Featured Opinion
According to a commentator, the pro-DPP cyber army is extremely arrogant. In addition to arbitrarily defaming non-DPP individuals within Taiwan, the cyber army has repeatedly launched international incursions, even targeting the World Health Organization (WHO) and the New York Times. But the political stance of the Internet forces increasingly differs from the true public opinion in Taiwan.
(Photo from: Fair Winds Foundation)

Stealthy Cyber Army Hitting the Wall

By Liao Yuan-hao

China Times , July 24, 2021

 

Taiwan’s Olympic team athletes, bearing the expectations and blessings of the people during the coronavirus (COVID-19) pandemic, flew to Tokyo to participate in the games. However, President Tsai Ing-wen’s promise that “Taiwan’s Olympic national team athletes will all fly in business class” didn’t materialize. All the athletes on the chartered flight flew in economy class while ranking officials in business class.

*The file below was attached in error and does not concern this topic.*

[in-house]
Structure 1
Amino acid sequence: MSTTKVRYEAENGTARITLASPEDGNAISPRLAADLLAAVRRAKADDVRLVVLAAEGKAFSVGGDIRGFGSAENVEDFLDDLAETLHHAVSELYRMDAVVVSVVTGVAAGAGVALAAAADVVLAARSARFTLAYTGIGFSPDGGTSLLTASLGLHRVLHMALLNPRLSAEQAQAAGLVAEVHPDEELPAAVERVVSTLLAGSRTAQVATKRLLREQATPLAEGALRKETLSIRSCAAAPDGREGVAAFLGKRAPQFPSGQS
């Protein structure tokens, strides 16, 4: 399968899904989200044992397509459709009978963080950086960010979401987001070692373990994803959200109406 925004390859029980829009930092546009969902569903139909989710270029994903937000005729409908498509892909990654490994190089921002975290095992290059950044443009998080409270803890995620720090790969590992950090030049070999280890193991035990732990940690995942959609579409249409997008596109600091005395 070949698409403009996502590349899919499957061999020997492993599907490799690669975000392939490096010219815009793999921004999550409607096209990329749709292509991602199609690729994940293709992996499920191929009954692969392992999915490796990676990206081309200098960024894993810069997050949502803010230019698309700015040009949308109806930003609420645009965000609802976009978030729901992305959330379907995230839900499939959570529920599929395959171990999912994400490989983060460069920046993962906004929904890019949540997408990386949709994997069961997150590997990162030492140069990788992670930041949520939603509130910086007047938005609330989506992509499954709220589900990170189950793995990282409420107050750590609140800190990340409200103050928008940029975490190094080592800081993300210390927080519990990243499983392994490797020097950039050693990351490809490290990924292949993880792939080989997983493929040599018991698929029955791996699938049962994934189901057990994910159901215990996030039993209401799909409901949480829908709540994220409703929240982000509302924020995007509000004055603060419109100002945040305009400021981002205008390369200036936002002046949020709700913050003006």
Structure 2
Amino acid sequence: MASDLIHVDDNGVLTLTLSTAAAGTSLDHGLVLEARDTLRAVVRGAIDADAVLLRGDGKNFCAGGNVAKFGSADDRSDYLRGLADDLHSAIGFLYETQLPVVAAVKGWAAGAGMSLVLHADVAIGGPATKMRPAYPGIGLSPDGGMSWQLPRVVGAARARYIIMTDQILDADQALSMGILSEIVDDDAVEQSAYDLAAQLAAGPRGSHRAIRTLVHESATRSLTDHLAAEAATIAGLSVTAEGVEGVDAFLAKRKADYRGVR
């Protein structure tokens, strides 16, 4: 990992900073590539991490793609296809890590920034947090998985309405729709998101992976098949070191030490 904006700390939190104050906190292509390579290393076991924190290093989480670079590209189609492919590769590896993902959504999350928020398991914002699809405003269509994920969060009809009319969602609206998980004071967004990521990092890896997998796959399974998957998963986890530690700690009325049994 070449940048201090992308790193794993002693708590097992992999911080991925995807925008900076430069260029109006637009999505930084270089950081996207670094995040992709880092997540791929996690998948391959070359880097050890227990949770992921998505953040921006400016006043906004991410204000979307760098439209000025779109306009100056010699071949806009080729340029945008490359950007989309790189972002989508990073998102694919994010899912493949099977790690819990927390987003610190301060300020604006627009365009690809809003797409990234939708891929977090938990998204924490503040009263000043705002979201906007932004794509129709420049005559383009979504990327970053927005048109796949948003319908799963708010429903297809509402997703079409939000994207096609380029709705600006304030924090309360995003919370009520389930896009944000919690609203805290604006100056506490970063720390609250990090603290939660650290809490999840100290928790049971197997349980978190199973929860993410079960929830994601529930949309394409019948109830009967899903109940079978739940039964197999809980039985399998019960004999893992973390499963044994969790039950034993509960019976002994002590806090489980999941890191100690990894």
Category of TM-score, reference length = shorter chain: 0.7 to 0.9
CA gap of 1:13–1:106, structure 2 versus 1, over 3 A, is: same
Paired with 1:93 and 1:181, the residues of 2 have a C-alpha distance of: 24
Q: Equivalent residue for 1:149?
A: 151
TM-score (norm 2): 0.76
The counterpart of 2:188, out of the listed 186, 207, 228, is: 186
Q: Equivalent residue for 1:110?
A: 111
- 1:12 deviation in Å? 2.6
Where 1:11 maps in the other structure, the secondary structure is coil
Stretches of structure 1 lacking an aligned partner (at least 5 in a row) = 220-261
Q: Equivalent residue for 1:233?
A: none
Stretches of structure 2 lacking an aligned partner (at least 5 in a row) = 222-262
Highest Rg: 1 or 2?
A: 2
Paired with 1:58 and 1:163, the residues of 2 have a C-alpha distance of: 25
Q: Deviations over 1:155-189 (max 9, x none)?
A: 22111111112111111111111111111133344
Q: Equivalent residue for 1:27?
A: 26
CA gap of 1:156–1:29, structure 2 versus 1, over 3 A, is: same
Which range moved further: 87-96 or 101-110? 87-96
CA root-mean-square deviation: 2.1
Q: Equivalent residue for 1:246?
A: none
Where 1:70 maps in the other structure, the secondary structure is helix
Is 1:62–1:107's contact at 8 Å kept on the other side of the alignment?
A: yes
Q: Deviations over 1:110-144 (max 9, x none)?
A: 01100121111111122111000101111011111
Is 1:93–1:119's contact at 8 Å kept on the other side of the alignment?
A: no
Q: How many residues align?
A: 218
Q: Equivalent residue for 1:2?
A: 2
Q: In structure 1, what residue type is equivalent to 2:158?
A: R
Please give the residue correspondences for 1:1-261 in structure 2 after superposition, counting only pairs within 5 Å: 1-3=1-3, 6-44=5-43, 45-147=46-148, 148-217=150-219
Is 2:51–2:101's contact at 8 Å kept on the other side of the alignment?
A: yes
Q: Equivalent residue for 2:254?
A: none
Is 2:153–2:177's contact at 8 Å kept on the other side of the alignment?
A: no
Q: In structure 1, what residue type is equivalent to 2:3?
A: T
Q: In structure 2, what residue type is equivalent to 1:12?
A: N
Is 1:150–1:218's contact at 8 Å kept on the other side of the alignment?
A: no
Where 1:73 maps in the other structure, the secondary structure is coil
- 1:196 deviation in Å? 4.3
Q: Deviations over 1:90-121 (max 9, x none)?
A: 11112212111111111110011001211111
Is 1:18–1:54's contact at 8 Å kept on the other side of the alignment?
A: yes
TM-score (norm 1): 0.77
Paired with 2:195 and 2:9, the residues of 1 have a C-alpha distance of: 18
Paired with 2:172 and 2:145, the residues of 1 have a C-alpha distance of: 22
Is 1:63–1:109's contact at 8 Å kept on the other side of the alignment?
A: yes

That the officials are more important than athletes is a common phenomenon in Taiwan. This time it attracted special concerns for it was formally promised by President Tsai. Moreover, because the well-loved badminton world champion star Tai Tzu-ying posted in Instagram that “she missed traveling on EVA Air’s business class,” which immediately ignited public uproar. A lot of people took up the cudgels for the bad arrangement, and a lot of criticisms laid the blame on President Tsai on the internet. President Tsai, who seldom admitted mistakes, responded quickly, expressing regrets and apologies on Facebook. At the beginning, I thought it would be enough to make such a humble apology with the respect of a president. Unexpectedly, Tai later posted a photo of her hotel room on Instagram, causing dissatisfaction to many netizens. She was accommodated at a hotel with a 3.3-star rating by Google, while officials from the Sports Administration, Ministry of Education, stayed at a 4.6-star rating hotel.